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Oct. 31, 2020

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United Grain regains stride after Bonneville Lock closure

During lock's 3-week shutdown for emergency repairs, company adjusted to meet wheat customers' needs

By , Columbian Assistant Metro Editor
Published:
3 Photos
A vessel named the Agios Nikolas receives a load of red wheat Monday as it stops at United Grain Corporation at the Port of Vancouver on its way to Vietnam.
A vessel named the Agios Nikolas receives a load of red wheat Monday as it stops at United Grain Corporation at the Port of Vancouver on its way to Vietnam. (Amanda Cowan/The Columbian) Photo Gallery

As soon as the Bonneville Lock closed for emergency repairs more than three weeks ago, workers at United Grain knew that barge traffic would come to an abrupt stop.

Six barges hauling about 65,000 metric tons of wheat each wouldn’t arrive as scheduled. Empty ships would have to wait at the Port of Vancouver. Customers in foreign countries who needed their grain would face delays.

Looking back, John Lindgren, United Grain terminal director, said the impact wasn’t catastrophic, but it caused workers to scramble to reroute grain while the stock decreased.

“The lock closure didn’t affect too much,” he said. “But we were on fumes.”

Since the lock reopened on Friday evening, four of United Grain’s six barges had passed through the lock and unloaded at the Port of Vancouver, according to Lindgren. United Grain should have caught up on its backlog of work by mid-October.

Wheat from barges accounts for about 15 percent of United Grain’s stock at any given time, Lindgren said. The rest comes by rail, as does beans and corn, which accounts for 60 percent of the product in the company’s silos.

United Grain had to use more railcars during the closure, but it wasn’t a significant amount, he said.

On Monday, a stream of hard red wheat poured through a tube and into the Agios Nikolas, a ship headed for Vietnam. Lindgren said that switching the order of loading ships was one way to get around the lock closure. The company likely would have loaded another ship first if the lock hadn’t closed, he said.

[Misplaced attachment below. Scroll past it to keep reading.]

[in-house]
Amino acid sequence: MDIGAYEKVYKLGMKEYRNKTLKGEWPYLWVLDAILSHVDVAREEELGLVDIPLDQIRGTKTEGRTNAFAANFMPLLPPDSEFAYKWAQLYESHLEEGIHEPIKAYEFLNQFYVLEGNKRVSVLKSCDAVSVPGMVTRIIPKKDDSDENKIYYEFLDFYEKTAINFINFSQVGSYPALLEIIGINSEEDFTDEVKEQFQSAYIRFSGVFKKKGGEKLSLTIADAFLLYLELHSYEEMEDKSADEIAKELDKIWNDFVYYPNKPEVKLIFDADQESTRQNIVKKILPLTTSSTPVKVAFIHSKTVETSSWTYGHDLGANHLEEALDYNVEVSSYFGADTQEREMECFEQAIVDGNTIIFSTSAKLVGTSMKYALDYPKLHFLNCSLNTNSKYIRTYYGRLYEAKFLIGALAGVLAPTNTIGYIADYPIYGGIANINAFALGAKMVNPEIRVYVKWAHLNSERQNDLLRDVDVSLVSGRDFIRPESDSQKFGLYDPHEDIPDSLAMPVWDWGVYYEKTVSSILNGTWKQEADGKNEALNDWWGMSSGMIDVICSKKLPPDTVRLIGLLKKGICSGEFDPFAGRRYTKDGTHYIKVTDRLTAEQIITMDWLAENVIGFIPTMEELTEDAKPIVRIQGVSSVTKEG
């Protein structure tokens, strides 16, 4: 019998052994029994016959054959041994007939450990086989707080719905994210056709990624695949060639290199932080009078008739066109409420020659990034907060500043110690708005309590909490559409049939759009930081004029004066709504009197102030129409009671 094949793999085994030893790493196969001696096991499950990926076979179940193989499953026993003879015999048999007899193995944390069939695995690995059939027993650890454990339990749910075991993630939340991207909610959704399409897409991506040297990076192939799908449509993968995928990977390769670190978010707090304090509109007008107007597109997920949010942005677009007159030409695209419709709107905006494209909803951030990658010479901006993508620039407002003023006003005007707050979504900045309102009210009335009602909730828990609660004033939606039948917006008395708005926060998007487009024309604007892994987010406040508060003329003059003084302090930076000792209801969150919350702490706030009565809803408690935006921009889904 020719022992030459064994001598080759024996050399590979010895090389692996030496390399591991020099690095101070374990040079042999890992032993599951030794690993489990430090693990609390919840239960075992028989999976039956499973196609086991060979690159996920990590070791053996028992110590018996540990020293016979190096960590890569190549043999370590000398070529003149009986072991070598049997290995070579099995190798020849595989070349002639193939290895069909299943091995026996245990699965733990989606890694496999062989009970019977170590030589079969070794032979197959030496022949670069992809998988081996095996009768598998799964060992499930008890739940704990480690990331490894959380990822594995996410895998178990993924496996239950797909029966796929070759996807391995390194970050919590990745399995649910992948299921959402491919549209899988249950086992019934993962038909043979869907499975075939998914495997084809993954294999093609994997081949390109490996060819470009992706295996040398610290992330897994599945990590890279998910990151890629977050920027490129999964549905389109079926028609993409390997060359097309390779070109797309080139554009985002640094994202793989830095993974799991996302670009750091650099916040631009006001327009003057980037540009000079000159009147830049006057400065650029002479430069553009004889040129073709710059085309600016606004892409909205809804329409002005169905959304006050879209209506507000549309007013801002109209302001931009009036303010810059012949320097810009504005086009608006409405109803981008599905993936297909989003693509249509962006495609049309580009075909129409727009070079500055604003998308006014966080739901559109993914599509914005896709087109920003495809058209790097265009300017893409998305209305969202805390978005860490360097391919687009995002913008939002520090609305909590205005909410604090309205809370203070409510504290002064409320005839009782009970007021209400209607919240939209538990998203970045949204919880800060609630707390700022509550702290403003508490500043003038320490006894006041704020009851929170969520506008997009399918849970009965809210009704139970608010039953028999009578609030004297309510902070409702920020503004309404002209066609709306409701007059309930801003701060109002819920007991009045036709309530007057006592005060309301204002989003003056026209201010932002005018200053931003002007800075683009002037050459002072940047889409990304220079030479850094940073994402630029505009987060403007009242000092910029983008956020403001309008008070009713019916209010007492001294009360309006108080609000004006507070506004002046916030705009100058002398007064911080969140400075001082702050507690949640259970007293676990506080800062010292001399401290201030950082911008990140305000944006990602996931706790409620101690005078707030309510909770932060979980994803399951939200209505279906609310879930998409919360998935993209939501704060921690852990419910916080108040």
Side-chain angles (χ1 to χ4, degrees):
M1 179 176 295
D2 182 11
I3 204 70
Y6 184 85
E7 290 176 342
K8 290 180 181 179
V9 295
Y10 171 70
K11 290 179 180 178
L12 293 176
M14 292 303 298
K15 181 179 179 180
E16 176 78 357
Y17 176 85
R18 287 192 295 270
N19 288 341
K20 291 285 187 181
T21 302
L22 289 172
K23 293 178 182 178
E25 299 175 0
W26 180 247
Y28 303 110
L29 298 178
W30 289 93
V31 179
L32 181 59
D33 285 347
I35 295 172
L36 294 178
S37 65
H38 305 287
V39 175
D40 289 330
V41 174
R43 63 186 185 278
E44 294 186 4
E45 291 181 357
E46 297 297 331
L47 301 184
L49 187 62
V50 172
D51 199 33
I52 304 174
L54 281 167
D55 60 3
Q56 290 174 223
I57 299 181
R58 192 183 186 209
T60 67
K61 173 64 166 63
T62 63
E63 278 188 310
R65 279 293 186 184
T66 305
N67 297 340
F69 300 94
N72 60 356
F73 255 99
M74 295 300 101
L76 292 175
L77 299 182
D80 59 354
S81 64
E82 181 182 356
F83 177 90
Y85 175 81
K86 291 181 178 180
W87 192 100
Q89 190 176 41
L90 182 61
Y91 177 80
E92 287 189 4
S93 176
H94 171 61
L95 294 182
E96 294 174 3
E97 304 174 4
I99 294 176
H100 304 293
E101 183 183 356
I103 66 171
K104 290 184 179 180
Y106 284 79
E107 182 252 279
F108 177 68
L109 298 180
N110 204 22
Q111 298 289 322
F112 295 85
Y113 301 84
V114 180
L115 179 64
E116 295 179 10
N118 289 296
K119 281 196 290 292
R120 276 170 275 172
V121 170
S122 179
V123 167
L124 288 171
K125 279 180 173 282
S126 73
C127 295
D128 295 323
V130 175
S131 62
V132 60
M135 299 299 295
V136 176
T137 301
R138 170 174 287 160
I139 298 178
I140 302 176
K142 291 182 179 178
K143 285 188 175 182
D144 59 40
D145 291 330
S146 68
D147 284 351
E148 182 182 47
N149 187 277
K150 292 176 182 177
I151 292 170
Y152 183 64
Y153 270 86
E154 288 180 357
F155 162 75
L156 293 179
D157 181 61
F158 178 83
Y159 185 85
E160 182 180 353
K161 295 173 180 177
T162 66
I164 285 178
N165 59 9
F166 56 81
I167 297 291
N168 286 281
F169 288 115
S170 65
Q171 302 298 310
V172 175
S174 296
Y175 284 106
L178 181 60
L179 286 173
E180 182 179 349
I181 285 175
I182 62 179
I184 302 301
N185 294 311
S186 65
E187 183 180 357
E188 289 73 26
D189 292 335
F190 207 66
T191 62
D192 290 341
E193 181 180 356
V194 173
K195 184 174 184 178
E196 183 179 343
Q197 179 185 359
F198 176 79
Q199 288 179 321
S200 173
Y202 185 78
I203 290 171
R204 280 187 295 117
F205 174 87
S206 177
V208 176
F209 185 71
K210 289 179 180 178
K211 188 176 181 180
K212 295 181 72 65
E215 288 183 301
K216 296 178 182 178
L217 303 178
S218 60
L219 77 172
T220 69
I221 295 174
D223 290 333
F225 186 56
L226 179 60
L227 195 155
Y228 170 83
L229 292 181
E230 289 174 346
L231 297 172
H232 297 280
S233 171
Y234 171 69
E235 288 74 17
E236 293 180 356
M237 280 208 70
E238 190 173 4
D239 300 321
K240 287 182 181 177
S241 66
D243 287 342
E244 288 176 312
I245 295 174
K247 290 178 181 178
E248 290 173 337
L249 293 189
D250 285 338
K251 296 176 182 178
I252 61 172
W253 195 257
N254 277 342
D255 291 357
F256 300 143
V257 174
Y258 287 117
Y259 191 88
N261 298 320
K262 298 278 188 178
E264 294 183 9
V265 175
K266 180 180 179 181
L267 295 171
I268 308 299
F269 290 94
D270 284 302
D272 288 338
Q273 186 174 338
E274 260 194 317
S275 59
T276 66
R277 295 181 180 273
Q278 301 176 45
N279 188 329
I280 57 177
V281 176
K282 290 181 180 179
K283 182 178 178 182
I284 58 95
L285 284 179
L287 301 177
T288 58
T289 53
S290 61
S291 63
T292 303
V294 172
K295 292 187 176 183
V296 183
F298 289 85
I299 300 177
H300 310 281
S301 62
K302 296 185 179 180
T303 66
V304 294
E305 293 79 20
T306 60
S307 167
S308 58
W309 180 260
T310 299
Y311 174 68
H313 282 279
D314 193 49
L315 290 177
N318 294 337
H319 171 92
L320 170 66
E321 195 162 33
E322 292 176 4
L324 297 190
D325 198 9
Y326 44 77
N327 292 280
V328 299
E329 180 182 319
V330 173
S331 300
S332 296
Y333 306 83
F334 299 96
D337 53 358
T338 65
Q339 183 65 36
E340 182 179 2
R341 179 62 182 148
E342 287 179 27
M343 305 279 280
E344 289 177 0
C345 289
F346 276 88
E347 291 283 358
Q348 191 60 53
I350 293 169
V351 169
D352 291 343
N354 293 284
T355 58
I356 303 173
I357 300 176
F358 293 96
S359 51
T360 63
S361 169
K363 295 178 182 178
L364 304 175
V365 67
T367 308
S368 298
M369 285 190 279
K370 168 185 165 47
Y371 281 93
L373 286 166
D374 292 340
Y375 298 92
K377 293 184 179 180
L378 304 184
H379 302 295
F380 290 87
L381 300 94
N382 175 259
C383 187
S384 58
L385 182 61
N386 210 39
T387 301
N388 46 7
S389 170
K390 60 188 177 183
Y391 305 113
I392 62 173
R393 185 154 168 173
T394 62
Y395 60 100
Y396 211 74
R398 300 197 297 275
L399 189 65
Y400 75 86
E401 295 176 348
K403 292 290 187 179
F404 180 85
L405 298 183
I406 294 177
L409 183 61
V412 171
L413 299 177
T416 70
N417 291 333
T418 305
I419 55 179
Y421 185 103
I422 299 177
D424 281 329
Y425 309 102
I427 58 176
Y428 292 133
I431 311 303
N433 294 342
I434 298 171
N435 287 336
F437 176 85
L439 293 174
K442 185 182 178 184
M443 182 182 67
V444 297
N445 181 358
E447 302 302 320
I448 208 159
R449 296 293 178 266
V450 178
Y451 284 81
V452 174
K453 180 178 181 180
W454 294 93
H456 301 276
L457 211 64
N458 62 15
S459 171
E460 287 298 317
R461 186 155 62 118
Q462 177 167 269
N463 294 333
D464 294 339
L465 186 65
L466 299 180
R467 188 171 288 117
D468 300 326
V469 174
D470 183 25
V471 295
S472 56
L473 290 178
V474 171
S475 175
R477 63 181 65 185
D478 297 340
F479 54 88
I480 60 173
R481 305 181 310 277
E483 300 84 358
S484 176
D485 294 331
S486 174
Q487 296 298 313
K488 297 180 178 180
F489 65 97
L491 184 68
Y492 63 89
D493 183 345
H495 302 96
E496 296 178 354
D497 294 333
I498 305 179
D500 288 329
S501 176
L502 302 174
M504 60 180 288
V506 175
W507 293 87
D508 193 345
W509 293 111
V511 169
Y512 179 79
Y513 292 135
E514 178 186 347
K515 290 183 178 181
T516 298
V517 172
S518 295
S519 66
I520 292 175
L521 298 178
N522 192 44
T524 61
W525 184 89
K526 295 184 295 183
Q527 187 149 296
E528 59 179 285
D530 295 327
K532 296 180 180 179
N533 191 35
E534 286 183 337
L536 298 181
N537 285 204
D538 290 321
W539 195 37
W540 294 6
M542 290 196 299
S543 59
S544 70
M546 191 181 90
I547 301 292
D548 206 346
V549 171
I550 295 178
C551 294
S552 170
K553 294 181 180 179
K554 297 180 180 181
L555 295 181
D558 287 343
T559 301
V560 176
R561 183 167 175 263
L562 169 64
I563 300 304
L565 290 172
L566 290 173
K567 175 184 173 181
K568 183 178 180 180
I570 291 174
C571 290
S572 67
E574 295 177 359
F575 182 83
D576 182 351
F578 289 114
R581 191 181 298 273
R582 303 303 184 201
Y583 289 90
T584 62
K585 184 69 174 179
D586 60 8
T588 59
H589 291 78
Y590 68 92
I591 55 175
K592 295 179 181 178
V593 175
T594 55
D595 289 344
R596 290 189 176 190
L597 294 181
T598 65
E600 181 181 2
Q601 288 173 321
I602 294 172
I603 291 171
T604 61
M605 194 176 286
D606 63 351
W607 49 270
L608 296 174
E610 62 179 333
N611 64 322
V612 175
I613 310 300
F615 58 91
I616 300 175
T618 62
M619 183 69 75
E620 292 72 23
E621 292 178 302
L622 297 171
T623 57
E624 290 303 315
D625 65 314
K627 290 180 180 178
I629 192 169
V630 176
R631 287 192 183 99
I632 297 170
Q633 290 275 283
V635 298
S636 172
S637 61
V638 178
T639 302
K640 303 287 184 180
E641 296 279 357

Having the lock fail in September wasn’t more of a strain because it took place at the end of the harvest season.

A typical August, during the heat of the harvest, brings about 50 barges from upriver, and September brings about 25, Lindgren said.

Since the lock broke, nine barges have passed through in the month of September, and Lindgren said he expects to be caught up with all the delayed work by Oct. 12.

“October will be busier than usual,” he said.

The backlog of white wheat didn’t affect the workers or require extra overtime because United Grain is a round-the-clock operation, Lindgren said.

“We go full speed all the time,” he said.

Tidewater, a barge transportation company, will clear the backlog of vessels waiting to transit Bonneville by the weekend, said spokeswoman Jennifer Riddle.

Workers at the U.S. Army Corps of Engineers noticed the doors of the Bonneville Lock malfunctioning on Sept. 5. The next day they discovered a crack in the concrete sill. After shutting down the lock and destroying the old sill, workers used 22 concrete trucks to pour the concrete for a new sill.

A lack of rain caused the sill to cure faster, allowing the Corps to open the lock three days earlier than anticipated.

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